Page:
A gorgeous banqueting room, and splendid gold plate on the table, will never make up to a hungry man for the want of food. Christ crucified is God’s grand ordinance for doing good to men. Whenever a Church keeps back Christ crucified, or puts anything whatever in that foremost place which Christ crucified should always have, from that moment a Church ceases to be useful. Without Christ crucified in her pulpits, a Church is little better than a cumberer of the ground, a dead carcass, a well without water, a barren fig-tree, a sleeping watch­man, a silent trumpet, a dumb witness, an ambassador without terms of peace, a messenger without tidings, a lighthouse without fire, a stumbling-block to weak believers, a comfort to infidels, a hot-bed for formalism, a joy to the devil, and an offence to God.

The doctrine of Christ crucified is the grand centre of union among true Christians. Our outward differences are many without doubt: one man is an Episcopalian, another is a Presbyterian; one is an Independent, another a Baptist; one is a Calvinist, another an Arminian; one is a Lutheran, another a Plymouth Brother; one is a friend to Establishments, another a friend to the Voluntary system; one is a friend to Liturgies, another a friend to extempore prayer: but after all, what shall we hear about most of these differences in heaven? Nothing, most probably: nothing at all. Does a man really and sincerely glory in the cross of Christ? That is the grand question. If he does, he is my brother: we are travelling in the same road; we are journeying towards a home where Christ is all, and everything outward in religion will be forgotten. But if he does not glory in the cross of Christ, I cannot feel comfort about him. Union on outward points only is union only for time: union about the cross is union for eternity. Error on outward points is only a skin-deep disease: error about the cross is disease at the heart. Union about outward points is a mere man-made union: union about the cross of Christ can only be produced by the Holy Ghost.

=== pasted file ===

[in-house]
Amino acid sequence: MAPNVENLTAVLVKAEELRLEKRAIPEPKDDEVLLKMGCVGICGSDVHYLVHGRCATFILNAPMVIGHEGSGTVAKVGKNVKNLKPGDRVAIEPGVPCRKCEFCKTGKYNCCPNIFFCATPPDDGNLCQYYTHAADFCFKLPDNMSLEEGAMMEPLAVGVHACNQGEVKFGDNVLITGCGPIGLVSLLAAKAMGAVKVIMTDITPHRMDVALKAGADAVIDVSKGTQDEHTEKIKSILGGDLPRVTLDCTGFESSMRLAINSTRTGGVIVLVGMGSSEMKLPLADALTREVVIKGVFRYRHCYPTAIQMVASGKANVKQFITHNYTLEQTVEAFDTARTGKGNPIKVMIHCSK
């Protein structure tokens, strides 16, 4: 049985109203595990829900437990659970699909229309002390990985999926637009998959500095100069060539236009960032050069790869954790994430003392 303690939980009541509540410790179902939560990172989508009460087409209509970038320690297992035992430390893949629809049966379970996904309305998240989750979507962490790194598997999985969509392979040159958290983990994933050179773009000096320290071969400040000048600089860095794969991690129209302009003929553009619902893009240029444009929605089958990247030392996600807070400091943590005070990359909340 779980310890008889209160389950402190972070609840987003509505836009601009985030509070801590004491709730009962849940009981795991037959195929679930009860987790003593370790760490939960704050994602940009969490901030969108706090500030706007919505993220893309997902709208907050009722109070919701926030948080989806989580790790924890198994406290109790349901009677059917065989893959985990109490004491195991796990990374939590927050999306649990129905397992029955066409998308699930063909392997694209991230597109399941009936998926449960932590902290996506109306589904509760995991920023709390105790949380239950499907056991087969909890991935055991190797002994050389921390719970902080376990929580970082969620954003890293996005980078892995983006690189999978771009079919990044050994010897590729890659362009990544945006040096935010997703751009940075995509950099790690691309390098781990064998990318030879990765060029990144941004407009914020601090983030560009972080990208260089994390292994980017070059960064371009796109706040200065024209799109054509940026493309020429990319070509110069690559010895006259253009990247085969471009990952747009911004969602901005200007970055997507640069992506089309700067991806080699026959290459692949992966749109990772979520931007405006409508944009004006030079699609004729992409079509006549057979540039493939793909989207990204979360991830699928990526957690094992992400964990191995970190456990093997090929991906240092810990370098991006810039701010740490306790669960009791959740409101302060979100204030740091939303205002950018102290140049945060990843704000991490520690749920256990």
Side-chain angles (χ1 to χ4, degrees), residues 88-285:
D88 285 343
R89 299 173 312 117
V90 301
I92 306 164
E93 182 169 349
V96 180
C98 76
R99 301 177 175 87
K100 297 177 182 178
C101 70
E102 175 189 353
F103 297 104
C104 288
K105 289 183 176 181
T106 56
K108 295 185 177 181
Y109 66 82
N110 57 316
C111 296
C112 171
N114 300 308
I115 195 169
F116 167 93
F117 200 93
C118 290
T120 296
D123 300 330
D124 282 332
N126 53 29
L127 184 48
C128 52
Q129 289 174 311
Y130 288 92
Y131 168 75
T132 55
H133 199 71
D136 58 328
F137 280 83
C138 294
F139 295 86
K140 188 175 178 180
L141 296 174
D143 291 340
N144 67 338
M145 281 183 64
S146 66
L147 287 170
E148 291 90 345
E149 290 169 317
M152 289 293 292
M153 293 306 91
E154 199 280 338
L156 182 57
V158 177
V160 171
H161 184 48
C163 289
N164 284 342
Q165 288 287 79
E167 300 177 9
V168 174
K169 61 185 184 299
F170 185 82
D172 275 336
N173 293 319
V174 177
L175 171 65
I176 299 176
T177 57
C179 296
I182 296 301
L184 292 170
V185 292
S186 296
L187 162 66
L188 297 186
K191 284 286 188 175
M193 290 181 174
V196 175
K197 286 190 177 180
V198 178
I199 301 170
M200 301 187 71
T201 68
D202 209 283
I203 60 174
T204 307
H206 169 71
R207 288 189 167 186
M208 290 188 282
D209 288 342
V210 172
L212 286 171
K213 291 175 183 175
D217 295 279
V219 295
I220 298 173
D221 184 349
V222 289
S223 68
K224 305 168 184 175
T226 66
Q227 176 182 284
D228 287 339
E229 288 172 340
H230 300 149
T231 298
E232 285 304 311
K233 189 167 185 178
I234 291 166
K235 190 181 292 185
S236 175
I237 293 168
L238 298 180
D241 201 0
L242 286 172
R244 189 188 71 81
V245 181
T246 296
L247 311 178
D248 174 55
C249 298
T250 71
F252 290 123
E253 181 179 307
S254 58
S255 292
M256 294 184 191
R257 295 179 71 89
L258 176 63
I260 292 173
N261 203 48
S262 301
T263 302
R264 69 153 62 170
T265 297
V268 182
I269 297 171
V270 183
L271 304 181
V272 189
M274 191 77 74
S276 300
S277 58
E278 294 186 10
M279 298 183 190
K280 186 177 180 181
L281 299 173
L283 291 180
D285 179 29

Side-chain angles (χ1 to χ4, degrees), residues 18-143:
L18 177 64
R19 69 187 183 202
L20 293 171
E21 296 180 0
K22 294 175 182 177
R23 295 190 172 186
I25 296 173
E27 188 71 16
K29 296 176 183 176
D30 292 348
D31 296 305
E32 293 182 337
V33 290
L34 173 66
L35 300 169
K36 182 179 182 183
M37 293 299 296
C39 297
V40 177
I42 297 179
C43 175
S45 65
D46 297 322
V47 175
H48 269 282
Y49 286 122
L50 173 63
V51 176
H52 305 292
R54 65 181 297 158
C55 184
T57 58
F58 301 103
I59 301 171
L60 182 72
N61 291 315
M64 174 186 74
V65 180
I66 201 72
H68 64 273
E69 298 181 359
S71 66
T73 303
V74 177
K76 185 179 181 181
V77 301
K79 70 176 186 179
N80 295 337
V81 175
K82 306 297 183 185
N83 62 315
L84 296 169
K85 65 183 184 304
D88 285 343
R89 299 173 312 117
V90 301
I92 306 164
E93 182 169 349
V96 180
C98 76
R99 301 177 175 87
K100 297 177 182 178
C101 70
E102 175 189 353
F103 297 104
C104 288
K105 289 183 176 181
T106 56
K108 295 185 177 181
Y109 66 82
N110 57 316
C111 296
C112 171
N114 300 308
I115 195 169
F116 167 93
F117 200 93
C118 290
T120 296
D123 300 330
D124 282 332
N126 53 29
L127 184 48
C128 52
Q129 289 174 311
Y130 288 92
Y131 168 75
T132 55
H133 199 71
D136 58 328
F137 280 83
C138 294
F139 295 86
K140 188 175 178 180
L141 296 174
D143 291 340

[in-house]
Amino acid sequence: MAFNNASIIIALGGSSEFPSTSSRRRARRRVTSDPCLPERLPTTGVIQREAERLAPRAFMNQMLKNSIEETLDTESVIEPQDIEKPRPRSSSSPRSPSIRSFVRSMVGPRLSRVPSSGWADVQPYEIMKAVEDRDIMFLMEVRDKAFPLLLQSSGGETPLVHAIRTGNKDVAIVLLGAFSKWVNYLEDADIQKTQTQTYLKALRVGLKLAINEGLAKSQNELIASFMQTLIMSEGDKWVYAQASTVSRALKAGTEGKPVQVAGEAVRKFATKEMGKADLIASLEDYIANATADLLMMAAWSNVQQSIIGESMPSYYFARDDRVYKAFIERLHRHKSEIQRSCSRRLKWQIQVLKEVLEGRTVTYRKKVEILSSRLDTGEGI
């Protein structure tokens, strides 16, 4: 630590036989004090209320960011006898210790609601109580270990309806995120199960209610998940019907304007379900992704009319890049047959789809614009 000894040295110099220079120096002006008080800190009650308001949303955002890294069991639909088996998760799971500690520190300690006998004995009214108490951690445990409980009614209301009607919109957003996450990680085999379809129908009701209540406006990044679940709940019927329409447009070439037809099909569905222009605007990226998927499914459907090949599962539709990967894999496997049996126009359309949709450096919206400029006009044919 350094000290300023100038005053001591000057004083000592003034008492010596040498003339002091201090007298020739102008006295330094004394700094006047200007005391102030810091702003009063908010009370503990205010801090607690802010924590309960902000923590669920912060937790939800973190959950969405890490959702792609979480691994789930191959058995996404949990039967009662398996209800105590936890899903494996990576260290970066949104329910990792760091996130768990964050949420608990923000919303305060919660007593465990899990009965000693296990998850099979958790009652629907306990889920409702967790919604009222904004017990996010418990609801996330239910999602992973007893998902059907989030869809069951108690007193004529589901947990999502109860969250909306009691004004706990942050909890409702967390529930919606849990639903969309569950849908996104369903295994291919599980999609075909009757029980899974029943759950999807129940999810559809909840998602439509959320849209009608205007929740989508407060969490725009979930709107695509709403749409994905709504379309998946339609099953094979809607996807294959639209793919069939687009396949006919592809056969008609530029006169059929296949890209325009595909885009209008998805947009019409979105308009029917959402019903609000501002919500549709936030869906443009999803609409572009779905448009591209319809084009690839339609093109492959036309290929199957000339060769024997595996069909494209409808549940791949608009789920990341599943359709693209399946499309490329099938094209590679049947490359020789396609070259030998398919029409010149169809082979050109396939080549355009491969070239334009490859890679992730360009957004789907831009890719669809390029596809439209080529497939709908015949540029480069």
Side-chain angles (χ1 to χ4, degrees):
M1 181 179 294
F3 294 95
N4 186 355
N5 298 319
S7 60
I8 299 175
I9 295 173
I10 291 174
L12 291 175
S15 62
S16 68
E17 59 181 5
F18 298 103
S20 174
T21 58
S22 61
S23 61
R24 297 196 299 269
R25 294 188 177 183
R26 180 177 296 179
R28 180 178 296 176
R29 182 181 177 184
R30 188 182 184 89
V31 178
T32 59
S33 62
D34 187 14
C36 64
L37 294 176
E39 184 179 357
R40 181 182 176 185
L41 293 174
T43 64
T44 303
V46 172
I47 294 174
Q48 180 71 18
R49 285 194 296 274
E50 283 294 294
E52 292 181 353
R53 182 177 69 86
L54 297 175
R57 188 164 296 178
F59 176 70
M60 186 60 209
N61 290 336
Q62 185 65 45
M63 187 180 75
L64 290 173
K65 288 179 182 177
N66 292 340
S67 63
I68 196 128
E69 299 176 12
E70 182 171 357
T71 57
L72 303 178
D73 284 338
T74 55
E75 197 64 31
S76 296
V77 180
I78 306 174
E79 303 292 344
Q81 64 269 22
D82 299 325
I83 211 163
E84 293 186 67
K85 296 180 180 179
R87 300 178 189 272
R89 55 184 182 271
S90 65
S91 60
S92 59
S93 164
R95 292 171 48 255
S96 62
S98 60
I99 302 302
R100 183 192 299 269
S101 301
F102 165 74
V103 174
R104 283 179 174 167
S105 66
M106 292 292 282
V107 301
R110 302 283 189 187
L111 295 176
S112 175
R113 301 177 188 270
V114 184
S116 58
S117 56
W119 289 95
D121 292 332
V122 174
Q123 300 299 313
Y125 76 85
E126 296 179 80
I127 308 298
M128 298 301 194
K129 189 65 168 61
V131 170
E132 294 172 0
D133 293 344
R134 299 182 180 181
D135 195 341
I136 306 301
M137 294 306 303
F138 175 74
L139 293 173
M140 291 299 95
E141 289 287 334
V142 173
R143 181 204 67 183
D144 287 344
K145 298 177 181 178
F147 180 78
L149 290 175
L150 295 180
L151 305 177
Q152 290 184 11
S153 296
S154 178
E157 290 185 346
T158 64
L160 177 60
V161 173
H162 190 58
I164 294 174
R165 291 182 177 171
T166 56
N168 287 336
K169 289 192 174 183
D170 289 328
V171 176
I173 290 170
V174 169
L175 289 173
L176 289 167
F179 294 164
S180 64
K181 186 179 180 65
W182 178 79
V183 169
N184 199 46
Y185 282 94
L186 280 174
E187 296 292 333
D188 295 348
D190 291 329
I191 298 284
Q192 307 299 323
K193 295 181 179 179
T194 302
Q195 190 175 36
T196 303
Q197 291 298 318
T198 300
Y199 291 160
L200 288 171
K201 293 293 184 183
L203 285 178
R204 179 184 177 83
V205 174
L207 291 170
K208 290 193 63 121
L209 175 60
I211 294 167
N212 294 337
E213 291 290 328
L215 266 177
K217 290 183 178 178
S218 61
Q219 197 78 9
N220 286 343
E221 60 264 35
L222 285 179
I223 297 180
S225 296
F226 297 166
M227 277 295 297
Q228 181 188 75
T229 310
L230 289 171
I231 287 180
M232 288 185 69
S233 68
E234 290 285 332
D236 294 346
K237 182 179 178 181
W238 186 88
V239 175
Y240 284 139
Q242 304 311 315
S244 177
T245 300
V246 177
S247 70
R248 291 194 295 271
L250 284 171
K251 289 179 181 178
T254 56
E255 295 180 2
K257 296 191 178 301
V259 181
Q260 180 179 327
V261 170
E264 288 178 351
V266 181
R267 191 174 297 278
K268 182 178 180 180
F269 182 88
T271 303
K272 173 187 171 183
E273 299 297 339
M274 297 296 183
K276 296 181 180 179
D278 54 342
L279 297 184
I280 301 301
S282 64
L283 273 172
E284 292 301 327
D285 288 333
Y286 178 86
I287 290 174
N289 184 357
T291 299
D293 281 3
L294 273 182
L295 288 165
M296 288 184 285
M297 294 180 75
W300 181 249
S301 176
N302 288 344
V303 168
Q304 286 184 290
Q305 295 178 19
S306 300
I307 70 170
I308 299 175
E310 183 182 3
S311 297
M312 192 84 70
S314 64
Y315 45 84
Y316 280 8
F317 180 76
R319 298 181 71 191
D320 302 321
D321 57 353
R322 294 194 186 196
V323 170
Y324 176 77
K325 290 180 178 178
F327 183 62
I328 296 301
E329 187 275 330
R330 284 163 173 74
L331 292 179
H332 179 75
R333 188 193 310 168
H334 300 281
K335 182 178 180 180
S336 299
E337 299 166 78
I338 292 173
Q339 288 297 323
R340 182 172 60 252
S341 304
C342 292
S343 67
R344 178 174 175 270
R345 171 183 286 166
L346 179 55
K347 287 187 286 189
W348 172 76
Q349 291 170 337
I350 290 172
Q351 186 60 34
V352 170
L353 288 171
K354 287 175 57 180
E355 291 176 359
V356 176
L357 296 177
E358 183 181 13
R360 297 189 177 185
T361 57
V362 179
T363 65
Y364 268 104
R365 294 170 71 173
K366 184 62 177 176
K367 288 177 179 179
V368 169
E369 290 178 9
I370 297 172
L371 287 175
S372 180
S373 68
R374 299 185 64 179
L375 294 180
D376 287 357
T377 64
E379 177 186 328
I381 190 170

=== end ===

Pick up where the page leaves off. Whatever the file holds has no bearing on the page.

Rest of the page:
Reader, I know not what you think of all this. I feel as if the half of what I desire to tell you about Christ crucified were left untold. But I do hope that I have given you something to think about. Listen to me now for a few moments, while I say something to apply the whole subject to your conscience.

Are you living in any kind of sin? Are you following the course of this world, and neglecting your soul? Hear! I beseech you, what I say to you this day: “Behold the cross of Christ.” See there how Jesus loved you! See there what Jesus suffered to prepare for you a way of salvation! Yes: careless men and women, for you that blood was shed! for you those hands and feet were pierced with nails! for you that body hung in agony on the cross! You are they whom Jesus loved, and for whom He died! Surely that love ought to melt you: surely the thought of the cross should draw you to repentance. Oh, that it might be so this very day! Oh, that you would come at once to that Saviour who died for you and is willing to save! Come and cry to Him with the prayer of faith, and I know that He will listen. Come and lay hold upon the cross, and I know that He will not cast you out. Come and believe on Him who died on the cross, and this very day you shall have eternal life.